Extrinsic motivation is a drive to perform an activity to attain a particular outcome. Extrinsic motivations come from outside the individual. For example, a student is motivated to study in order to earn good grades and gain admission to an elite college.

Intrinsic motivation is an inner drive to perform an activity for personal reasons, based on interest or enjoyment of the task itself. Intrinsic motivation exists even in the absence of external reward. For example, a young artist who is passionate about painting spends hours in the studio completely immersed in her art.

Parenting often involves the use of extrinsic motivation early on, as a pathway to developing intrinsic motivation. A toddler is motivated to use the toilet by getting a star on her chart; a preschooler is motivated to follow her parents’ rules to avoid getting a time-out; a teenager is motivated to be home by curfew to avoid getting grounded.

The ultimate goal of parenting, of course, is for the children to grow into independent adults who are no longer dependent on extrinsic motivation to exist in society. Eventually, the child feels intrinsically motivated to use the toilet because sitting in soiled underpants is uncomfortable; she is kind to her friends and siblings because it is the morally correct thing to do and she wants to maintain good relationships with them; she comes home at a decent hour so that she can get a good night’s sleep and function well the following day.

Similarly, a long-term goal of treatment for Anorexia Nervosa is for the patient to be intrinsically motivated to stay healthy and remain in recovery. But while we wait for intrinsic motivation to develop, it is perfectly fine and, in many instances, absolutely necessary, to impose external motivations in order to nudge the person along towards recovery.

Patients with Anorexia Nervosa often have little or no intrinsic motivation to recover during their acute phase of illness. In fact, most patients are highly motivated to continue engaging in eating disorder behaviors because there are powerful biological, psychological, and social forces compelling them to do so. For this reason, it is often essential to use extrinsic motivations of some sort to get patients to engage in recovery-oriented behavior such as eating meals, gaining weight, refraining from purging, and attending appointments with their treatment team.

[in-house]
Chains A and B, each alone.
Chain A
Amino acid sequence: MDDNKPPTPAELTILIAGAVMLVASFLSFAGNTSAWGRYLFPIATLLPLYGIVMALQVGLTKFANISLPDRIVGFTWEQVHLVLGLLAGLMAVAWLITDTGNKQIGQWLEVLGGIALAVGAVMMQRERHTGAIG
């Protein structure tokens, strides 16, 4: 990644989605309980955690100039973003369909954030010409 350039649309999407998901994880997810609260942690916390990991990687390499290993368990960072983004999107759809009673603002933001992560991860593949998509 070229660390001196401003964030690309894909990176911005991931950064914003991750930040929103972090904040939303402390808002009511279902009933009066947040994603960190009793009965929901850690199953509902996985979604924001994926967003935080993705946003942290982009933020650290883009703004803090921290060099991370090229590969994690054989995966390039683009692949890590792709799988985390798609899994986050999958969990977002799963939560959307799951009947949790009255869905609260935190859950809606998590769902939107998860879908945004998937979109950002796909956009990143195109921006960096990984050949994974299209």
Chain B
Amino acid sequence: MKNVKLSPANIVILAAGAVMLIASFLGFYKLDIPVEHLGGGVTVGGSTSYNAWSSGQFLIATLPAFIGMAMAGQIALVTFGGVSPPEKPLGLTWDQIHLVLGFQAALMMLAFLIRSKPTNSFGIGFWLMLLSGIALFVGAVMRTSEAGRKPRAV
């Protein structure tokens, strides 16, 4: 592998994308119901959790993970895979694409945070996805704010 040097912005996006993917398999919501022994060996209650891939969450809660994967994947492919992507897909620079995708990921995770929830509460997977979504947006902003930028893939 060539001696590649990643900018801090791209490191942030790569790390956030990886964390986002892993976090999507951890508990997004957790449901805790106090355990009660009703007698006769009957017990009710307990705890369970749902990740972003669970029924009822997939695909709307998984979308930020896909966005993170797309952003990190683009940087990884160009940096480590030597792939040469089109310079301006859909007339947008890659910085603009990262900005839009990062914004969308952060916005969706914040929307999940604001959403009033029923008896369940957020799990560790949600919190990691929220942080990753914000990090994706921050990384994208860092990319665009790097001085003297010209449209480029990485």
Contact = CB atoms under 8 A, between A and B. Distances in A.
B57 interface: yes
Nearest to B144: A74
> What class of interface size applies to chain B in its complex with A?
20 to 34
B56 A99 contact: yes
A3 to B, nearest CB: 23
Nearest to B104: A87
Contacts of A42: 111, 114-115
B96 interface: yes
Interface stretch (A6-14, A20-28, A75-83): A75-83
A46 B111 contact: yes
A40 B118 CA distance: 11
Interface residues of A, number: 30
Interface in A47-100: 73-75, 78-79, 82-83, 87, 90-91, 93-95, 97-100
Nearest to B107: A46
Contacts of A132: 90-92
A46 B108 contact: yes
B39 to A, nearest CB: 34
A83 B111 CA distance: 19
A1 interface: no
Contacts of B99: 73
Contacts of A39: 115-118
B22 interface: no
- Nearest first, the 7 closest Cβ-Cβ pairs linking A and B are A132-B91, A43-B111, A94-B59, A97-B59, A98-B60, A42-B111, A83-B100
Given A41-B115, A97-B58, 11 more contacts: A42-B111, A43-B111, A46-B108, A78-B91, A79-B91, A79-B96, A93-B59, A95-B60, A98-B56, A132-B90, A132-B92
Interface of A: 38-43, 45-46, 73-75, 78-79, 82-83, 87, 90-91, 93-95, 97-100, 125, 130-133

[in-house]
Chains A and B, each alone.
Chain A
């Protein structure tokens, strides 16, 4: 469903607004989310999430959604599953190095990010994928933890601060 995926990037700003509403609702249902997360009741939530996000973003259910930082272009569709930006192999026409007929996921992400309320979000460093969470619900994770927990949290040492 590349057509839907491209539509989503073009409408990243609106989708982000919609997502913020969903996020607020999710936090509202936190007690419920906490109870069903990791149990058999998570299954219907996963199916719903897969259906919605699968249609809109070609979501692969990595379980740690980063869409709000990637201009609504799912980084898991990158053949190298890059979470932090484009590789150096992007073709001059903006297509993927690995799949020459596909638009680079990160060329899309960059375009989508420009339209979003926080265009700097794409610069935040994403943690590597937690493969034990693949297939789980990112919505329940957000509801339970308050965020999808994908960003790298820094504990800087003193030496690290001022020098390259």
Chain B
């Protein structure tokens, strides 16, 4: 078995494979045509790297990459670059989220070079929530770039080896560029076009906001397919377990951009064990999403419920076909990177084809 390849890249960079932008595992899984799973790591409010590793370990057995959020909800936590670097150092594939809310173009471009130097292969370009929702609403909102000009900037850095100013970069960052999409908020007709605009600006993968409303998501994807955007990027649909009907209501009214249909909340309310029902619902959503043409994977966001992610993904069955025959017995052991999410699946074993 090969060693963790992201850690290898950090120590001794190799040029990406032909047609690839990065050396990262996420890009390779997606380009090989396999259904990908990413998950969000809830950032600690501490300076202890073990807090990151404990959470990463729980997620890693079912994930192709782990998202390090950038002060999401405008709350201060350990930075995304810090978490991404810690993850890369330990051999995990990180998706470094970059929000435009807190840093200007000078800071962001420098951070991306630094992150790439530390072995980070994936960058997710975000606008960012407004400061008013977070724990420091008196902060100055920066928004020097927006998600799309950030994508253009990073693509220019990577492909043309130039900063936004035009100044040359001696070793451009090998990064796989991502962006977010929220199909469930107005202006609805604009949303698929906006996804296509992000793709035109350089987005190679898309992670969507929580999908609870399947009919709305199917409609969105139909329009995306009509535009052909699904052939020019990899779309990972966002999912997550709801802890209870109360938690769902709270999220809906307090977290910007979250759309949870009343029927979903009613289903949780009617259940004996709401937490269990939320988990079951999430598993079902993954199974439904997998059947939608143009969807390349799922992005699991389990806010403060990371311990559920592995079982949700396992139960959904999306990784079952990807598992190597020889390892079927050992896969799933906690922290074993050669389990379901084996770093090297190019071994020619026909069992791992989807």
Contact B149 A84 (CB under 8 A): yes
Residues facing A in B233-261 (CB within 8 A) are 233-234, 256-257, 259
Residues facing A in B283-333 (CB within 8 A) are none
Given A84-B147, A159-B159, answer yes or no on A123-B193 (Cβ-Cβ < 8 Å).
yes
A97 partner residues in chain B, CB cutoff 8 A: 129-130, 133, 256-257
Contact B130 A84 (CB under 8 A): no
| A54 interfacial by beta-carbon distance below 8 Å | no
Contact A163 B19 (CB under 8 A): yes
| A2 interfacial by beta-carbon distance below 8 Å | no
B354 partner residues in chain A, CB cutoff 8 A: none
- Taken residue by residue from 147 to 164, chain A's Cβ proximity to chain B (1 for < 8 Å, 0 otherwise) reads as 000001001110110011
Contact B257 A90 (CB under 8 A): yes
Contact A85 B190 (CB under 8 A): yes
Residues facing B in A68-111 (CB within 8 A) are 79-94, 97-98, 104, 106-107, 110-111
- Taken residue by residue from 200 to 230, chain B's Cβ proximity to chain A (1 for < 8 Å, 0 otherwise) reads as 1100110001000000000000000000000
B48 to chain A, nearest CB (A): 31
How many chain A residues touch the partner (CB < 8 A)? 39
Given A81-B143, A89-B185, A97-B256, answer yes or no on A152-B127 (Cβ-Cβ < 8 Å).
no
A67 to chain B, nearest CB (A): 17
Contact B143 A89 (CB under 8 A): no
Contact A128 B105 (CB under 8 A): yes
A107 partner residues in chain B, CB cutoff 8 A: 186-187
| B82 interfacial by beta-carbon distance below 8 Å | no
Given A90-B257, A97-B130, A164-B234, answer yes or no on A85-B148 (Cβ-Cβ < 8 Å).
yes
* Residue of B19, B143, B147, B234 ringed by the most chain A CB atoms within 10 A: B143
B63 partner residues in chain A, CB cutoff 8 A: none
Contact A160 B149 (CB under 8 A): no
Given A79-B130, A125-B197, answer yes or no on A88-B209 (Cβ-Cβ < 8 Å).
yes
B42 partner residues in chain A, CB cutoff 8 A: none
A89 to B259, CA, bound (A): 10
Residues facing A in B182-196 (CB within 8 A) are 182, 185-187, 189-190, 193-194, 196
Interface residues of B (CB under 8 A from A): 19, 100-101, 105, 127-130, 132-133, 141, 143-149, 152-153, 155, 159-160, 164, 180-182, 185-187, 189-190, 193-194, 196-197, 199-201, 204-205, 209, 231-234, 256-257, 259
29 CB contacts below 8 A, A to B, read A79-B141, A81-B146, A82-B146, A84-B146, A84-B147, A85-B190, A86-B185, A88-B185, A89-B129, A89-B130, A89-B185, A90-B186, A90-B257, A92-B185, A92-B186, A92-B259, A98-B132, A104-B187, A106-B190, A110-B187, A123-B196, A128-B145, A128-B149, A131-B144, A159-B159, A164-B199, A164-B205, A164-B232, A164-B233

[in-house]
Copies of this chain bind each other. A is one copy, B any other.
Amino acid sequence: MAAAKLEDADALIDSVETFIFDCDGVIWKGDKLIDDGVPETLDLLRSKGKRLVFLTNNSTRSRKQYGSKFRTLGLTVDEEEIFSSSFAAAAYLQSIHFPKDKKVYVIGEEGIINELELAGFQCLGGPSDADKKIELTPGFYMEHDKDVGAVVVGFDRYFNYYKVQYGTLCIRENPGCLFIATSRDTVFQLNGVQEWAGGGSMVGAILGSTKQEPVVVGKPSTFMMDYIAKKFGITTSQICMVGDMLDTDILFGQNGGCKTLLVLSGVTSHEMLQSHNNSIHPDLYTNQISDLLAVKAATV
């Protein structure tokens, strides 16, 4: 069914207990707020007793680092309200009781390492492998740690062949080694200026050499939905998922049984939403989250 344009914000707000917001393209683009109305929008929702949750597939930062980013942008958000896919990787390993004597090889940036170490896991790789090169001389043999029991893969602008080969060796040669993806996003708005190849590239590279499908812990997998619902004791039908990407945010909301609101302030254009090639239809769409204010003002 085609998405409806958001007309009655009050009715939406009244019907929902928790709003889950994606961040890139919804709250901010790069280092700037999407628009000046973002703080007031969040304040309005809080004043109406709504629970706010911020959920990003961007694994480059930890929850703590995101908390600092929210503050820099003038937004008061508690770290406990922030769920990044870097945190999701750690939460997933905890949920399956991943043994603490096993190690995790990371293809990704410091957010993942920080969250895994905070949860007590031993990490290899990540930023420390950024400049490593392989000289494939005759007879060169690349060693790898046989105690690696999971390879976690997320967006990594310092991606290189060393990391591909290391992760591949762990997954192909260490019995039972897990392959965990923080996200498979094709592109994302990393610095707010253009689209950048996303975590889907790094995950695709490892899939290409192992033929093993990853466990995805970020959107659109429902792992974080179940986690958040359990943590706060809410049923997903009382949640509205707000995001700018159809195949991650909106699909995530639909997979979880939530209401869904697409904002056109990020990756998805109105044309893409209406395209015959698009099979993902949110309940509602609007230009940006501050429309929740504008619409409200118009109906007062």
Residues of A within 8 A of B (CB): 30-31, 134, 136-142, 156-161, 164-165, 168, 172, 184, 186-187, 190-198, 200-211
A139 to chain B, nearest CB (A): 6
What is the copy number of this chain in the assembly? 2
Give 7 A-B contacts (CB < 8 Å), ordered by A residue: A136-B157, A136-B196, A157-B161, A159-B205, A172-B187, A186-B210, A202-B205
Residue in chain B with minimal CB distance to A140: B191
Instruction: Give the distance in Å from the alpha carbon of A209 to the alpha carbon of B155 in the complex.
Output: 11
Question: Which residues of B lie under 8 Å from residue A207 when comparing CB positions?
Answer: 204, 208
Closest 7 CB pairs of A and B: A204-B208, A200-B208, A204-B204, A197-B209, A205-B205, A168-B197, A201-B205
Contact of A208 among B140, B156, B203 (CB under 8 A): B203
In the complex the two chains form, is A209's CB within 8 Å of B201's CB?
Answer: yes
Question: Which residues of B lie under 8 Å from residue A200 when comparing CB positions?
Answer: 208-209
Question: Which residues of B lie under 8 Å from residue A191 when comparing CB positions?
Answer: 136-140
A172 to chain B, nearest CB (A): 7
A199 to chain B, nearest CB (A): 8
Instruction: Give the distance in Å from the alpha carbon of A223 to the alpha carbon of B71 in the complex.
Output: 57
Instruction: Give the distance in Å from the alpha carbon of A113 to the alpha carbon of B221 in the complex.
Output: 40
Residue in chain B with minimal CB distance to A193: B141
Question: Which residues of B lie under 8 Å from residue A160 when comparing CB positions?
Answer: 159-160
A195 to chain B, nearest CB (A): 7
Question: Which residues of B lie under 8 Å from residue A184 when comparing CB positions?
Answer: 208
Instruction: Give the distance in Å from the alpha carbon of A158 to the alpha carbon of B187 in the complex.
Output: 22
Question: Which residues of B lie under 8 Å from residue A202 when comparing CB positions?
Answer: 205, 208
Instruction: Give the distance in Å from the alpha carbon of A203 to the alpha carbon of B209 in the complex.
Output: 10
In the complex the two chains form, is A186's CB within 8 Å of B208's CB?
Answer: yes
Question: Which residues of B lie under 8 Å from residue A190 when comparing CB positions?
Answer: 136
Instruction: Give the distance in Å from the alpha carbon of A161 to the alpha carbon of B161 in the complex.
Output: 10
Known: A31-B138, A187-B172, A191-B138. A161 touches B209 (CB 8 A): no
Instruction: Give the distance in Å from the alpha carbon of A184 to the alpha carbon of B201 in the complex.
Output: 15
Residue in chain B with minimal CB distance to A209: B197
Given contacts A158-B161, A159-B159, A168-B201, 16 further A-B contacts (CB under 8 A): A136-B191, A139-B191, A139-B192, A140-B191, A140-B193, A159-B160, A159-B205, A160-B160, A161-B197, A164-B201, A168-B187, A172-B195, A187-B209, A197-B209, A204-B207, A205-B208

Patients with AN are often compliant, rule-abiding people-pleasers. We can harness these traits in a positive way to promote recovery. It is common for patients to report that they are eating and gaining weight to make their parents happy or to please their doctors. It is even more common for patients to comply with re-feeding and maintain their ideal weight in order to avoid hospitalization or continue playing the sport they love.

Parents often worry that, if left to her own devices, their child would most certainly eat too little, exercise too much, start purging again, and fall down the rabbit hole once more. This worry is completely valid, and this is precisely why patients need a very high level of support and monitoring for a long time after diagnosis. Incidentally, the need for a high level of support and monitoring continues for much, much, much longer than what is provided by most treatment programs or paid for by most insurance companies. One of the reasons why patients need such high levels of support for so long is that intrinsic motivation is neither realistic nor possible for most patients until they are further along in recovery.

While acutely ill patients often lack the motivation to recover, many patients who are weight-restored and further along in their psychological recovery feel very motivated to stay well. I believe that there are several reasons for this shift in motivation in the later stages of recovery:

1.) The ability to think more clearly, thanks to a well-nourished brain and body.

2.) Maturity. Patients get older and more mature as they progress through recovery, and thanks to a more developed prefrontal cortex, they can think ahead, make plans, and follow through with their intentions.

3.) Perspective. Patients in the later stages of recovery have often been through hell and back. They have reclaimed their lives, and while they may not remember much of the acute phase of their illness, they know it was awful and they have no intention of going back.

4.) Parental intervention. Parents who have helped their children recover from AN tend to be extremely motivated to help them stay well. Perhaps more importantly, they feel empowered to use the tools and strategies they’ve learned through treatment to maintain an environment conducive to ongoing recovery and to set limits, without hesitation, on any behavior that jeopardizes recovery.

Motivation seems to be the natural consequence of restored health and improved insight. Once an adolescent or young adult is no longer encumbered by AN, he begins to realize how sick he once was, and how much AN ruined his life. As he returns to school, sports, hobbies, and an active social life, he begins to build a life worth living. This new life motivates him to stay in recovery and deters him from engaging in behaviors that could lead to relapse.